I second the Joan Wolf & Jane Feather examples.

  16. 16
    KG says:

    I’m just curious…does her presentation talk about wills during regency England (or any other period prior to the 20th century)?  Or is this using modern wills and our understanding of them?

    Since I thought most women could not inherit property (this was the worry of the mother in Pride & Prejudice, since she had all daughters), I would think this kind of thing might actually have been legal back in the day. How to keep the $$ in the family?  Why, by marrying your cousin or the person who is to inherit the fortune. Once again, just like Lizzie in Pride & Prejudice who was ‘set up’ with the dorky religious guy who would inherit the family home.

    So, I wonder about the history of this kind of thing in England before the modern day. Or am I misreading what her presentation is about?

  17. 17
    Sarah says:

    The Wyndham Legacy by Catherine Coulter has a variation on this theme. The hero has to marry the heroine in order to inherit his uncle’s money, otherwise she gets all of the money and the trusteeship over the estates and he only gets the entailed properties and an allowance.

  18. 18
    Rose says:

    Devil Takes a Bride is the only one I can think of, but Keri beat me to it. I am curious about one thing – was it legal to stipluate in a will that a settlement of money would be contingent upon the recipient marrying someone by a certain date without mentioning, i.e. without naming a specific person? Julia Quinn definitely had one of those – Brighter than the Sun, I think.

  19. 19
    Harlequin says:

    Heyer probably didn’t mess up the will thing because her husband was a barrister so he could have set her straight on legal issues! :-)

  20. 20
    A.R. says:

    If you’ll also accept books involving wills where the hero or heroine must marry within a specific span of time, but the person they’re supposed to marry isn’t named, then Mary Jo Putney’s The Bargain (formerly The Would-Be Widow) might work.

  21. 21
    Courtney says:

    KG, this is a presentation on wills in Regency England.

    It’s just not true that women couldn’t inherit property.  They could, and did, all the time.  (In fact, if you recall, Lizzie stood to inherit 500 pounds from her mother eventually.)  The problem in Pride & Prejudice is that the property was entailed, and so couldn’t be given away.  More specifically (since the property was not entailed in the way most people think of entails), Mr. Bennet had a life estate in his property, with the remainder (the estate after Mr. Bennet dying) going to his closest male heir.  That Lizzie cannot inherit is not solely a function of her sex; it is a function of how the property was granted.

    (And that is why there is a cryptic line in the book of how Mr. Bennet found economy perfectly unnecessary, because he was to have a son, and together they would have joined in cutting off the entail.)

    Women could definitely own property.

    In fact, contrary to modern beliefs, married women could own property separate from their husbands—under certain very specific circumstances, if their guardians were smart when they married.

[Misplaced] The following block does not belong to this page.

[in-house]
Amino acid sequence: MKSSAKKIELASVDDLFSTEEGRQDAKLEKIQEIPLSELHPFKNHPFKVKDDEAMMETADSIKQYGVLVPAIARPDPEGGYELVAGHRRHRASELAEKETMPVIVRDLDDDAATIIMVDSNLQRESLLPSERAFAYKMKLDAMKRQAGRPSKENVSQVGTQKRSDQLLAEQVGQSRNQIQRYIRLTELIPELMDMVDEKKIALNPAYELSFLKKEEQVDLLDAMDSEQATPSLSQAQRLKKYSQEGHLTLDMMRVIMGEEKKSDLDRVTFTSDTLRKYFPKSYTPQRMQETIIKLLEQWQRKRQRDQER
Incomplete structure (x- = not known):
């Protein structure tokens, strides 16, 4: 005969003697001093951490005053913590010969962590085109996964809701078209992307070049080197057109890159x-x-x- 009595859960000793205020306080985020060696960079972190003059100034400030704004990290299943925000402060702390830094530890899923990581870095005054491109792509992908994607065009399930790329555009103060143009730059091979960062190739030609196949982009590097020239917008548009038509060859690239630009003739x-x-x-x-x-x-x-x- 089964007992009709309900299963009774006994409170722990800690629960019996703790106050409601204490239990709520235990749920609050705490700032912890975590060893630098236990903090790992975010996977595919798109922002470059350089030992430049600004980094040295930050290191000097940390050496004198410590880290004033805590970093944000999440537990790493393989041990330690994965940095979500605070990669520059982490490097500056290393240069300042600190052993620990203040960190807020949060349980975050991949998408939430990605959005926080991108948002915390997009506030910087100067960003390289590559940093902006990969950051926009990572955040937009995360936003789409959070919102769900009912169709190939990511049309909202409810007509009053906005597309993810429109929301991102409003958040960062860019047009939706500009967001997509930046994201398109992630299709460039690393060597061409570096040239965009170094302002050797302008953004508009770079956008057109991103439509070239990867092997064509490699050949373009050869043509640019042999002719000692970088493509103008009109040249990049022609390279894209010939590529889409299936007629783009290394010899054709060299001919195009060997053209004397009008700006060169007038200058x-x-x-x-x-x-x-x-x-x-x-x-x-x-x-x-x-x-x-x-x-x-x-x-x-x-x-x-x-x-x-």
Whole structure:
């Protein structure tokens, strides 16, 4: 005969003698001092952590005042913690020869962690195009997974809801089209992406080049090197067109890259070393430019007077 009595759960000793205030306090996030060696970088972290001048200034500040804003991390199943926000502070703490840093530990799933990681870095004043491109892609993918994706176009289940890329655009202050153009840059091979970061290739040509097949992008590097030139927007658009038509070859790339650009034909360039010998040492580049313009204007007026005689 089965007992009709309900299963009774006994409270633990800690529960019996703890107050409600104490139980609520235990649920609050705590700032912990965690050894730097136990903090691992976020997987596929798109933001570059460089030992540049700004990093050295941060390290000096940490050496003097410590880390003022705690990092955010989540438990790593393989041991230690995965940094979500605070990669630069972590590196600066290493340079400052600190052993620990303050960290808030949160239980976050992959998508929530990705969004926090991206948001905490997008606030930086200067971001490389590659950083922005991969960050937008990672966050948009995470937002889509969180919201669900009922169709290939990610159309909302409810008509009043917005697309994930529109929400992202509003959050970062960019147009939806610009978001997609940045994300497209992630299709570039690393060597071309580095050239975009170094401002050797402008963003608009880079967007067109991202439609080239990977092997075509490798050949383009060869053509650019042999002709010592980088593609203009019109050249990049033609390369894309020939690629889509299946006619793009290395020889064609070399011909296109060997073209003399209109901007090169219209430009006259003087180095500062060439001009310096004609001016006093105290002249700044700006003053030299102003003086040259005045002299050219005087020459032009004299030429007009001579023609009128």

The truth is, there are a lot of drastic misconceptions about what can and can’t be done, and that is why (shameless plug alert) my workshop is going to be both useful and fun!

  22. 22

    I just want to say, Courtney is the SHIT when it comes to this stuff!  I envy those writers who’ll get to hear her.

  23. 23
    Gail Dayton says:

    Celeste Bradley’s Desperate Duchesses series has a man leaving money to one of his granddaughters—the first one to marry a duke. The duke is not named. Just any duke. I’m not sure if his granddaughters were born at the time he died. Is that necessary?

    Sounds like an excellent workshop. Will be there if I’m not required to be somewhere else…but then I’m also getting the workshop CDs, so maybe I can listen to it later, if I can’t be there…

  24. 24
    Courtney says:

    Oh, Gail, I have already included Celeste Bradley’s will.  That will is definitely worthy of discussion for several reasons.

  25. 25
    Lorelie says:

    Debbie Raleigh: The Wedding Clause

  26. 26
    Elizabeth Wadsworth says:

    Didn’t Heyer’s The Reluctant Widow deal with this in a roundabout way?  Sleazy guy has been mortally wounded in duel, his relatives have to marry him off to someone before he bites the dust or they won’t get to keep the estate, enter confused heroine who thinks she’s applying for position as governess, etc. etc.

    Another Regency dealing with wills is the hilarious Aunt Sophie’s Diamonds by Joan Smith.  (Okay, that one has nothing to do with marriage and everything to do with grave-robbing, but it bears mentioning just for the entertainment value.)

  27. 27
    Elizabeth Wadsworth says:

    Oh yeah, and in my fave Regency of all time, Jeffery Farnol’s The Broad Highway, whichever nephew marries a certain heiress within a year gets the bulk of the estate, 500,000 BPS.  Failing that, each gets a pittance and the money goes to charity.  This is long out of print but readily available used (try to find the original and not the Barbara Cartland’s Library of Love abridged version) and has actual quotes from the will in Chapter One!

    family83:  family can be strange when it comes to money!

  28. 28

    Well, there’s Middlemarch, which was not only set but also written in England before 1873.  Although in that case it wasn’t “You only get the money if you marry X” but “You only get the money if you don’t marry X.”

  29. 29
    Michelle says:

    Mary Balogh’s Courting Julia

    From her Web site:  “When Julia Maynard’s step-grandfather dies, he leaves Julia nothing even though she has lived with him all her life and tended him in his last illness and loved him – and even though he appeared to adore her.  But he does leave his precious unentailed home, Primrose Park, to whichever of his five nephews can win her hand within a month of the reading of the will.”

  30. 30
    Sandy says:

    In Karan Harbaugh’s, “Miss Carlyle’s Curricle” (1999) The heroine (Diana) will get a large inheritance if she marries the hero (Gavin.)  If she doesn’t marry him, she gets a very small bequest. She is also left a curricle as part of her inheritance, but it doesn’t depend on her marriage to Gavin. The reading of the will is part of the story. I’d have to check the book at home for the exact text.

Comments are closed.

↑ Back to Top